What would have been the last straw was when someone came out to me as being HIV positive and wanted counseling from LFM. He worked the night shift in a call center. I asked our leader if we could counsel him outside our schedule since he couldn’t attend the regular meetings, but the leader just said that if this person was serious about getting help, he would “make a way”. Was this what living free was all about?

I shouldn’t have been shocked when the mega church announced LFM might be phased out.   It was, after all, the height of a fundraising drive for a multi-billion peso new church building.   LFM could be absorbed by a more intensive addiction recovery program where “life coaches” would help us to deal with our “bondage” to sexual sin. Many of those who had stayed in LFM now got out while they could.

Amazingly, I was the only one who reacted. Disenchanted or not, I still believed we could help LGBTs. I flew to Father Mickley who I had kept in touch with all this time. He had heard the same old story for the past 20 odd years. In America, New Zealand, and now the Philippines, so many young men who had done the “Pray the Gay Away” thing and had to be “put back together” after being messed up, propositioned for sex, or hit up for money by the group leaders. I should consider myself lucky. I wanted to quit at that point.   But Father asked, why not stay in and report on the kind of things they were doing? Maybe we could even learn something! The idea of being a secret agent for His Holy Church appealed to me, and I went back in the belly of the beast.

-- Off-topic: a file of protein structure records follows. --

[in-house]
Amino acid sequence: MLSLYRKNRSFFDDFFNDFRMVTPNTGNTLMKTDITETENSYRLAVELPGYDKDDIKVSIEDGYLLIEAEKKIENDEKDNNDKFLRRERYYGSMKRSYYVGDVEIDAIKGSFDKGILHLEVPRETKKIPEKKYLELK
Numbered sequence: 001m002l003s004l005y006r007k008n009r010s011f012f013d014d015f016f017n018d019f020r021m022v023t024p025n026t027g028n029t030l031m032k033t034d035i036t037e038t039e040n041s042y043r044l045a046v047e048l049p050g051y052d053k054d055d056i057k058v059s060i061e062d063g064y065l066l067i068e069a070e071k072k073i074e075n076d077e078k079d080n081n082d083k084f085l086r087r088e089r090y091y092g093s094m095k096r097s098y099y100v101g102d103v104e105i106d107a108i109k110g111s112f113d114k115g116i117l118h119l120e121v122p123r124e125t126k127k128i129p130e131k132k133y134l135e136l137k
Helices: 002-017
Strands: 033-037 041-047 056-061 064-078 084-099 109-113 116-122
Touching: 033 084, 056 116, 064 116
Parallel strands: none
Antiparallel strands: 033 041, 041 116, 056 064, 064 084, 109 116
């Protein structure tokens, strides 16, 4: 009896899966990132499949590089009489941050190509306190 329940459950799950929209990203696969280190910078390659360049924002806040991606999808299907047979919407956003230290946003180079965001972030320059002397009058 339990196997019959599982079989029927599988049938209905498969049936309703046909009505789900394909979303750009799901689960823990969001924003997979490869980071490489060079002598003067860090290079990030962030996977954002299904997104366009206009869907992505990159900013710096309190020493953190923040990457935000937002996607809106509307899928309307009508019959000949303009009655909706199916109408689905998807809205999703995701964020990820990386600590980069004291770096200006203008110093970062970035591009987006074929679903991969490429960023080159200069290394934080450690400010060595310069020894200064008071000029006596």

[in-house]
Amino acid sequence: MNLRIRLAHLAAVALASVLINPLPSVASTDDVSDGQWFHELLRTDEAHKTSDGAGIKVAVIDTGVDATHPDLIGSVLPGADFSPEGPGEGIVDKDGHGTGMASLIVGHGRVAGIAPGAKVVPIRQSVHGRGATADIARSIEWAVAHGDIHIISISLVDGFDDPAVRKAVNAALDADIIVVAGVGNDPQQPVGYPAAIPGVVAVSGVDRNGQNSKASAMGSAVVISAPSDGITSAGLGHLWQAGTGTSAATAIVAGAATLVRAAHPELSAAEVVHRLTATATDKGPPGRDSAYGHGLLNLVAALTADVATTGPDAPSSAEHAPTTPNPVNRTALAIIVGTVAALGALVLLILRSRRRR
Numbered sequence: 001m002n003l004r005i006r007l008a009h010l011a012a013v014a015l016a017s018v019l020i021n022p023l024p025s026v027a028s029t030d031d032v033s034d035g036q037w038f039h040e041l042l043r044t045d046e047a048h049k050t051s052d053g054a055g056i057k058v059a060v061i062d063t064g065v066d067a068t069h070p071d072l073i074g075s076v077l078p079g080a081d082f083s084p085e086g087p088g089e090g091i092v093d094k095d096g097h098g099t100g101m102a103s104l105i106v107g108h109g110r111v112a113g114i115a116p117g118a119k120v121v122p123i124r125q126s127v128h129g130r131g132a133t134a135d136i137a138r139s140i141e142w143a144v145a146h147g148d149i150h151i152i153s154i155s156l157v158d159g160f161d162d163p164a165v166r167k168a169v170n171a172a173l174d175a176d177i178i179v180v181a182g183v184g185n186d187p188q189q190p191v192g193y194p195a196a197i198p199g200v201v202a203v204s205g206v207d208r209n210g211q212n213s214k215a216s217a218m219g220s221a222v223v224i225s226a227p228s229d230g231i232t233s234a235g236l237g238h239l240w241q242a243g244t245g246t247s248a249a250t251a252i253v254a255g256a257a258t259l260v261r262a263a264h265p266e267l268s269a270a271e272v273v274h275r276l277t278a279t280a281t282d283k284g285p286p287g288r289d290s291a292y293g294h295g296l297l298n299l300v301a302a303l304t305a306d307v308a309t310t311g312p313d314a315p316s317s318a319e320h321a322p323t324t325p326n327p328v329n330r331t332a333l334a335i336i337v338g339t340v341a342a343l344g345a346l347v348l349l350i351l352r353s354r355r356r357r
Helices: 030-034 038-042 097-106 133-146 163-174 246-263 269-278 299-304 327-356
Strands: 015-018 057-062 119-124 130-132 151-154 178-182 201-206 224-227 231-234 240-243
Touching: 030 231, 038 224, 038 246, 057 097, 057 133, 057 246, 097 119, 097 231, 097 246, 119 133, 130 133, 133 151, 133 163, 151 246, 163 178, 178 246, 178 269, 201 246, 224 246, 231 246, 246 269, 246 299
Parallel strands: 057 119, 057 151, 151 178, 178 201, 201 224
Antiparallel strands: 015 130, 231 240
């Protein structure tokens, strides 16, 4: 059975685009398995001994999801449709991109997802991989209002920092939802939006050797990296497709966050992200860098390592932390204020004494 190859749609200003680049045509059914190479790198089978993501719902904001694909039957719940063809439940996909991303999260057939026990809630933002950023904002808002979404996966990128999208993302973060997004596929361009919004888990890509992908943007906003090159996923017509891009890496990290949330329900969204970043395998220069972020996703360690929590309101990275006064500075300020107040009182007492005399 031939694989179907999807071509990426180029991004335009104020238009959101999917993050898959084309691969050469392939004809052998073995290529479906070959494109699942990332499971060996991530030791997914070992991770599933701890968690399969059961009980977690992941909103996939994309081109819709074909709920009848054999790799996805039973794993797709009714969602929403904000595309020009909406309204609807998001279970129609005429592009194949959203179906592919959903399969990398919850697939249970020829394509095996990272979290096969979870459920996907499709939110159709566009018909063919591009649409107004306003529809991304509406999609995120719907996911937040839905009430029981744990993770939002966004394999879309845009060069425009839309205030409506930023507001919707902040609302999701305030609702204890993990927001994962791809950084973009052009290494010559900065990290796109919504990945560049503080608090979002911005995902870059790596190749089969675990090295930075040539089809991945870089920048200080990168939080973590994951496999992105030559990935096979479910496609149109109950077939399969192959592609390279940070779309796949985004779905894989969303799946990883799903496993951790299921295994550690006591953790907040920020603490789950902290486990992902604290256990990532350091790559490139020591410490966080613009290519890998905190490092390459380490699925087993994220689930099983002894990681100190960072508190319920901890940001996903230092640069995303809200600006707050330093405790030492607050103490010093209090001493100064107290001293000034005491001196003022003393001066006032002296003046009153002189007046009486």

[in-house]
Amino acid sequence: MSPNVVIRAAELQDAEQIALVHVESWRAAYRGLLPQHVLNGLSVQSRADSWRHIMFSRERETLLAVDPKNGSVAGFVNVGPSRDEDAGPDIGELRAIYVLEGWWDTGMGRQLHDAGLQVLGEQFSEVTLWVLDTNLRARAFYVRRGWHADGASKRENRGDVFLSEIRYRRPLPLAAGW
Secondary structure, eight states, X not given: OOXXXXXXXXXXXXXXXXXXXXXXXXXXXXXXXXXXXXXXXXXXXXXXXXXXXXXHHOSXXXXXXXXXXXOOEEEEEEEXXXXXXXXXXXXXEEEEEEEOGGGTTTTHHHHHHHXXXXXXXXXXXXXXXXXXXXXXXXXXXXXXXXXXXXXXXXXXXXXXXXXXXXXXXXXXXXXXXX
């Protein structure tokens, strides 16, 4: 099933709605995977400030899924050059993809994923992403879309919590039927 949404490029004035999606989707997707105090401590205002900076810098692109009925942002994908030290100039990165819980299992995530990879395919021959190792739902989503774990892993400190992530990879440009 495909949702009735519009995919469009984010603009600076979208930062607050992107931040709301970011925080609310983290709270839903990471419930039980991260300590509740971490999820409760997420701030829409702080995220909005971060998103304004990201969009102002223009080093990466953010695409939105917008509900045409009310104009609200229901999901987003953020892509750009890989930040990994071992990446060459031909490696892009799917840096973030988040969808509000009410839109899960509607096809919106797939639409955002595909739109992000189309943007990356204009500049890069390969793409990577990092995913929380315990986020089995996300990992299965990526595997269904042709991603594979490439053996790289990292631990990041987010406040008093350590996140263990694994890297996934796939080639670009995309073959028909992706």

THIS WAY OUT

At last sensing the deteriorating situation, the mega church decided to change tactics, and let a couple of us teach in LFM and try to draw in new members. As I mentioned, the material they gave us left something to be desired, so I did my own research, and prepared what would be my last PowerPoint. In it I showed that homosexuality is not a sickness or an addiction that can be cured. I showed that Jesus never condemned homosexuality, that many great people where homosexual, and that sexuality and faith can be compatible. I sent it to our leader a week in advance for approval, and incredibly he gave me the green light. In fact he was absent two out of the three weeks I taught. But the audience reacted well, and more and more newbies were asking for copies of my PowerPoint.

But all good things must come to an end. And after a spirited debate with a certain elderly queen, the pastor got word of what was going on and brought our teaching to a halt. He called an emergency meeting which was in fact my exit interview. Remarkably they weren’t so much mad at me as the local leader who had left me to my own devices.   They let me off with a lecture from a (presumably) straight guy from the singles ministry. They even congratulated me on my integrity. They said I was still welcome to attend the mega church and be friends, but I would have to take a break from teaching. I haven’t been back since. The last I heard the group was dissolved.

ALL GOOD THINGS

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I’m now serving with The Well Philippines, an affirming Catholic ministry that reaches out to all LGBTs whatever their religion. We don’t demand seekers keep set schedule but we will work with them to make a personal wellness plan. Like our patron Saint Aelred, we go out of the way to reach all who need a friend. We don’t try to change anyone’s sexuality, but we do help them to deal with the very real problems of heterosexism, internalized homophobia, and unhealthy sexual behavior.

Like me, several of my friends are “refugees” from the mega church, and I pray they can at last be living free.